ストックホルムの国立劇場で「オフィーリア」を演じていると一通の電報が届き、ベルリンのUFA社に来ないかとお誘いを受けました。新しい人生の始まりでした。スタジオのライトに照らされた世界が開けてきたのです。ルートヴィヒ・ベルガー監督の下で私の役者人生が始まりました。最初に役を受けたのは『グラス一杯の水（Ein Glas Wasser）』でした。
Ich bin ein Kind des nördlichen Schwedens. Als fünfjäriges Mädchen schon tollte ich aus Skiern über die Fluren meiner Heimat. Der gesunde Sinn für die Schönheiten des Sports und die Liebe zur Natur wurden mir hier für mein ganzes Leben eingeimpft.
Als blutjunges Ding begann ich die Offensive gegen meine Eltern, um den Weg zur Bühne frei zu bekommen. Nach endlosen Debatten willigten sie schließlich ein.
Als ich am National-Theater zu Stockholm gerade die « Ophelia » Spielte, rief mich ein Telegramm nach Berlin zur Ufa. Ein neues Leben begann. Die Welt des Jupiterlichtes tat sich mir auf. Unter Ludwig Bergers Regie begann meine Filmlaufbahn. Meinen ersten Erforg hatte ich in dem Film « Ein Glas Wasser ».
Filmkünstler : Wir über uns selbst (Sibyllen-Verlag, 1928, Berlin)
Ingram had insisted that Alice learn to speak French for her role in The Four Horsemen of the Apocalypse. Despite being a silent film, some directors did consider it appropriate that performers speak the language of the characters they were portraying. For example, in 7th Heaven, it is very obvious that Janet Gaynor and Charles Farrell are actually speaking French – at least in the close-ups. […]
Alice was very broadminded. She remained a close friend of Ramon Novarro and was fully aware of his personal situation. In the 1930s, she allowed him, Barry Norton and other gay actors to escort her to gay Hollywood nightspots, thus serving as a « beard » for their gay lifestyles. Her partnering of gay actors led a gossip columnist in the Hollywood reporter to question who she and they were trying to fool.[…]
Alice Terry was a competent film editor and sha had obviously learned direction from a master. Thus, when Ingram became incapacitated and too moody to work, she would take over direction of his features.
Silent Players: A Biographical and Autobiographical Study of 100 Silent Film Actors and Actresses
(Anthony Slide, University Press of Kentucky, 2002.)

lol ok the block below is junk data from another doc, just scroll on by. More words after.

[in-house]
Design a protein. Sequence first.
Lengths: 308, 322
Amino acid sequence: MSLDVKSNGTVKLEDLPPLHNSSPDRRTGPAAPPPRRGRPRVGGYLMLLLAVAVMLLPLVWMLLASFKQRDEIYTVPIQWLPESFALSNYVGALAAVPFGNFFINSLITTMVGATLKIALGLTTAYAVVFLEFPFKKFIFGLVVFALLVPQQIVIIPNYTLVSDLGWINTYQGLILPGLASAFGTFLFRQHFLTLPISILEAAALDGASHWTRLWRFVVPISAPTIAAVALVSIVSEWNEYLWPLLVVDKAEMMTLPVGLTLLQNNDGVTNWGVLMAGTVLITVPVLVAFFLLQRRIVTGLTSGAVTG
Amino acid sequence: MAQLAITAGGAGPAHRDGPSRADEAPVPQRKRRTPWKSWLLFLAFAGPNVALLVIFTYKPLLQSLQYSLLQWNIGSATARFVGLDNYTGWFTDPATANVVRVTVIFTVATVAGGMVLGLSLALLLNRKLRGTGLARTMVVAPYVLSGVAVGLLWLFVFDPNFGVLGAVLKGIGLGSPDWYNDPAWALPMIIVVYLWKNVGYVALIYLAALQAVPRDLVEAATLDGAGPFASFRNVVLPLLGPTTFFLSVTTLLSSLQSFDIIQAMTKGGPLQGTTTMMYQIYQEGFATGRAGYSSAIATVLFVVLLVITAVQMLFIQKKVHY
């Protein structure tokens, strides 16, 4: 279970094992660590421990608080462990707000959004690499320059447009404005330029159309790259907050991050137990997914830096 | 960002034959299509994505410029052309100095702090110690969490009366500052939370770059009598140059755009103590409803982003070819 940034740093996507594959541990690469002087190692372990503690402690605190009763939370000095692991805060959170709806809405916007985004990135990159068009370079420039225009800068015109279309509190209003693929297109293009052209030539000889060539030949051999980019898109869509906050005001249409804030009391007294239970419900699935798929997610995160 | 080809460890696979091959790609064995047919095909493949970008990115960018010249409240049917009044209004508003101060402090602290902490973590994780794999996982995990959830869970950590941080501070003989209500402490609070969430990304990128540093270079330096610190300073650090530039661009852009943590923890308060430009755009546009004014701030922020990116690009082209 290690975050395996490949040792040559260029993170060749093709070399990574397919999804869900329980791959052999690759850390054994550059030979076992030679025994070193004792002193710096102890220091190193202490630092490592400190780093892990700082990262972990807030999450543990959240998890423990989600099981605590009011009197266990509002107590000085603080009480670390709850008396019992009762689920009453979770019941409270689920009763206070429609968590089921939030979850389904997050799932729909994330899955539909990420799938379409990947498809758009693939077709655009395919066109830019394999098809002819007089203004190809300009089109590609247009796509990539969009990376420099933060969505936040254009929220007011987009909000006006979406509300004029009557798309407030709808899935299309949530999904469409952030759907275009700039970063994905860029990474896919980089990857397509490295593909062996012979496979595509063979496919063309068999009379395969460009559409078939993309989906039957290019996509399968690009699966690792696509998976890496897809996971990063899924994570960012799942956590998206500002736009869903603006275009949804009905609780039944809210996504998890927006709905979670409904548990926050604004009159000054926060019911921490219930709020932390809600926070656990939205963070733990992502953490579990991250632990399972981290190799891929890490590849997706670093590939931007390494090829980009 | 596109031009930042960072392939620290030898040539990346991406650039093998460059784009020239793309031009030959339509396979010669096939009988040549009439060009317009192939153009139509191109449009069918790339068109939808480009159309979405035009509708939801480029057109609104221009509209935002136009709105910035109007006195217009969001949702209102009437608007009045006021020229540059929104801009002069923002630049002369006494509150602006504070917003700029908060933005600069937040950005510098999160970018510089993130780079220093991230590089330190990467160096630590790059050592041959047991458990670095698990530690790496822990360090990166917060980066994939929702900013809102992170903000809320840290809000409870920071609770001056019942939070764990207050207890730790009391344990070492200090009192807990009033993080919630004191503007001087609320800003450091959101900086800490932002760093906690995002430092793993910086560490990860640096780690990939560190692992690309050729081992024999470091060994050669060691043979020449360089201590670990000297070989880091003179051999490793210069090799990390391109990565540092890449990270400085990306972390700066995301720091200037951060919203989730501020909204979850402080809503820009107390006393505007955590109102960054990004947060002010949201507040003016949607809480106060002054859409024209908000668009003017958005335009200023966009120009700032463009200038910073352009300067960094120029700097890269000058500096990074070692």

May McAvoy and Bruce Gordon are the stars of The House of the Tolling Bell. May McAvoy sometimes describes herself as « The Girl Who Wailt ». There are many ways towards film fame, if we are to believe the biographers, but May’s way is all her own. Waiting for an actress friend was she one day, when a friend of that friend saw her, and asked for an introduction. This introduction led to a visit to a film studio and the introduction of May McAvoy to film work. May became a maid pro tem., and waited (for film purposes) upon many famous stars. Then she played Madge Kennedy’s sister in The Perfect Lady, and a succession of « sister » parts followed. She was waiting, Micawber-like, for another job, when J. Stuart Blackton engaged her as featured lead for a series of pictures, of which The House of the Tolling Bell is the first to be released this side. These days, twenty-year-old May is a star, and her « Grizel » in Sentimental Tommy is her biggest achievement.
The Picturegoer (VOL. 3. NO. 15. MARCH, 1922., p.54, London)
This popular Paramount star was born in Champaign, Ill., and educated in St. Elizabeth’s Convent, Chicago. Her initial venture in the theatrical world was as a featured player in stock after which she was prominently cast with Edwin Stevens in « The Devil. » She began her screen career with the old Lubin company. She has achieved her greatest success upon the screen with the Famous Players company in « Pettigrew’s Girl, » « Maggie Pepper, » « Men, Women and Money, » « More Deadly than the Male » the film version of Lupert Hughes’ splendid story « The Thirteenth Commandment, » and « A Lady in Love. » Miss Clayton is five feet five inches in height and weighs a hundred and thirty pounds. She has red gold hair and gray eyes and is very fond of all outdoor sports.
Who’s Who on the Screen (New York: Ross Publishing Co., 1920.)